• Recognize the urgent need to act and respond to the conference’s call for voluntary commitment. National and local governments, intergovernmental organizations and civil society, regional, national and local authorities need to engage in activities and policies to combat air pollution to protect citizens’ health, including through the BreatheLife campaign.

• Continue the joint effort for harmonized air pollution monitoring. This to be done, for example through supporting and strengthening the Global Platform on Air Pollution and Health as a mechanism to bring together international and national actors and scientists contributing to tracking and reporting progress on air pollution, its many health impacts and actions to prevent it. Establish and strengthen ground level air quality monitoring in Africa, Asia, the Pacific and South America, including locations close to sensitive groups (hospitals, schools, workplaces).

• Implement a mechanism to take stock of actions and progress, and review governance for the prevention of air pollution and related health impacts, and for obtaining additional benefits, including voluntary commitments put forward at the conference.

• Enhance gender equity through access to clean fuels and technologies in homes. Women are exposed to high levels of smoke when cooking with unclean fuels, and often spend unreasonable time on fuel collection. This can lead to educational deprivation and lack of income generation. Improving access to clean fuels will greatly boost gender equity.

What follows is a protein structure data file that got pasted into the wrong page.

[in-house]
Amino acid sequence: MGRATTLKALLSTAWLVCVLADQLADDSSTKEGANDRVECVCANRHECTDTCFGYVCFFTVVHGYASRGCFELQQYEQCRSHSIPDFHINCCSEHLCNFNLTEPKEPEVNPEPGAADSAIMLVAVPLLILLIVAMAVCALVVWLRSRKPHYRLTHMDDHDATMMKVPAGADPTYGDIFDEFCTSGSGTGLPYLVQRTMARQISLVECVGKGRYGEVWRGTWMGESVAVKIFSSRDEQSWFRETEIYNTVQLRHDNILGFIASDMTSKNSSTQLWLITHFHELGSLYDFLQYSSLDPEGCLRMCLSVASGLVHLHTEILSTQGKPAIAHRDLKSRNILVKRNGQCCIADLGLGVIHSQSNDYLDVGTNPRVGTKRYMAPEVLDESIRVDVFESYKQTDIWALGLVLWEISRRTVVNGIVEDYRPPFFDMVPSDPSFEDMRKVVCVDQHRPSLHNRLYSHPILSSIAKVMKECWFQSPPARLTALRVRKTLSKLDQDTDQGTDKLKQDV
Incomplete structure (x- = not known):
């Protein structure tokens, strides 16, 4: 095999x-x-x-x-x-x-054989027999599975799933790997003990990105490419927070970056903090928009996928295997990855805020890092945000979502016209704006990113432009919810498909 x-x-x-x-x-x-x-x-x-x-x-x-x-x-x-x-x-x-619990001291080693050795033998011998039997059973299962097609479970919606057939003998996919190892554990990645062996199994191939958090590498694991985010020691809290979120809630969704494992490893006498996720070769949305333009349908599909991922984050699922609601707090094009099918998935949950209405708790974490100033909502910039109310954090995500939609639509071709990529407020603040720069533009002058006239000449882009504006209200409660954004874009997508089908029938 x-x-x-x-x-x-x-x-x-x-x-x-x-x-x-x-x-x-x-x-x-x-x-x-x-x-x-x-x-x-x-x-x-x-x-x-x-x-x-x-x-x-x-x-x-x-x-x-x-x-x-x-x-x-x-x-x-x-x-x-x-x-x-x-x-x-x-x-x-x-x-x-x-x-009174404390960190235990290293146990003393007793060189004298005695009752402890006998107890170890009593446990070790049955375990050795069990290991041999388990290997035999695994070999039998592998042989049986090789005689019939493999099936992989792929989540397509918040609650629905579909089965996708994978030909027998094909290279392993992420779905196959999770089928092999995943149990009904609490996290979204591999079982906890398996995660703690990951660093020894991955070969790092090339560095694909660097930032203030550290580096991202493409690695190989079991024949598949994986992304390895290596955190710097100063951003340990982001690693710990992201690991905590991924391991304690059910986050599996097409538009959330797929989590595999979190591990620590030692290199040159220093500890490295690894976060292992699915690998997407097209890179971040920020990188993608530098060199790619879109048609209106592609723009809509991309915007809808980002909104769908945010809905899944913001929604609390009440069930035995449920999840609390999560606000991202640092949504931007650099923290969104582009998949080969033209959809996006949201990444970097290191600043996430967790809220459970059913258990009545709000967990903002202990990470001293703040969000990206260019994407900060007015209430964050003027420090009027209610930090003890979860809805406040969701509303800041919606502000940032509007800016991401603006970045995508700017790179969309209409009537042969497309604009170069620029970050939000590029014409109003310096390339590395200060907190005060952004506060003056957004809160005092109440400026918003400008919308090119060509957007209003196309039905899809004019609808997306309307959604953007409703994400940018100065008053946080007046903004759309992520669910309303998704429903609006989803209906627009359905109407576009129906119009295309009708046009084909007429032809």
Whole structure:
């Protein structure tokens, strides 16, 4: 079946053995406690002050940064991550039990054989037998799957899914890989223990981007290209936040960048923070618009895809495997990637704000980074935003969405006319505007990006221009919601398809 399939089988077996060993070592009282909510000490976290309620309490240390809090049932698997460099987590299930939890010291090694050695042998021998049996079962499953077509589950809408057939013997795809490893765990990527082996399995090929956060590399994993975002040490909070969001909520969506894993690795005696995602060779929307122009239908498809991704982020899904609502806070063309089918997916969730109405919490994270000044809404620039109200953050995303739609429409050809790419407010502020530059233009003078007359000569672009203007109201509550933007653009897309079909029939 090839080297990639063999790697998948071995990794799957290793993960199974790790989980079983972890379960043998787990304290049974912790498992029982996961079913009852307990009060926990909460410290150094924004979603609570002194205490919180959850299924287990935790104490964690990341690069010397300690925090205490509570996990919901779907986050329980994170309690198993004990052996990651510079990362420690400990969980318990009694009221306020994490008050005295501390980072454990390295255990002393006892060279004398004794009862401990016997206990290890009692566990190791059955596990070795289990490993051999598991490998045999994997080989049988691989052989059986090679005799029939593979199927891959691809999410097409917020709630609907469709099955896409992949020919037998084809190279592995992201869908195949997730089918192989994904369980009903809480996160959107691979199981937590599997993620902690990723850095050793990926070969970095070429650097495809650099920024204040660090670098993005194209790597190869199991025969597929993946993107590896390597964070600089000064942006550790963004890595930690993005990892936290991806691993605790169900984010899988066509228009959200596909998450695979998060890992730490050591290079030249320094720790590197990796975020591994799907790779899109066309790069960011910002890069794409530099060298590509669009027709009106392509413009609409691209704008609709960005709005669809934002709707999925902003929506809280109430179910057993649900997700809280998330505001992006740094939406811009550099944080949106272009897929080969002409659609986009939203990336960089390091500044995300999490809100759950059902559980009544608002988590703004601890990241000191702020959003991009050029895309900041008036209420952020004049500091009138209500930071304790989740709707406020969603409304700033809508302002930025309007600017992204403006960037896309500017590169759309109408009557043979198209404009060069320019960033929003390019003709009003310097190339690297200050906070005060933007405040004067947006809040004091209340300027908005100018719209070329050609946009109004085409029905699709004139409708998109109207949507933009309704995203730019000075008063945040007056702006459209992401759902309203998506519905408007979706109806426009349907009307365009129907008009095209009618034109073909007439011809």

• Strategically complete knowledge and share it efficiently to address health risks. Generation of evidence concerning costs to society and efficient and cost-saving solutions is needed. Evidence concerning critical areas of air pollution monitoring, assessment of health impacts needs to be made accessible. Evidence concerning efficient solutions for reducing air pollution and associated health risks needs to be developed, assessed and shared.

• Build key partnerships, programmes and initiatives to reduce air pollution to healthy levels. Key stakeholders from ministries of health and beyond, local governments, UN and other international organizations, NGOs, donors and scientists need to cooperate on a shared global and efficient local response. This is needed in order to accelerate the implementation of solutions to reduce air pollution for preventing unnecessary deaths.

Let’s terminate air pollution!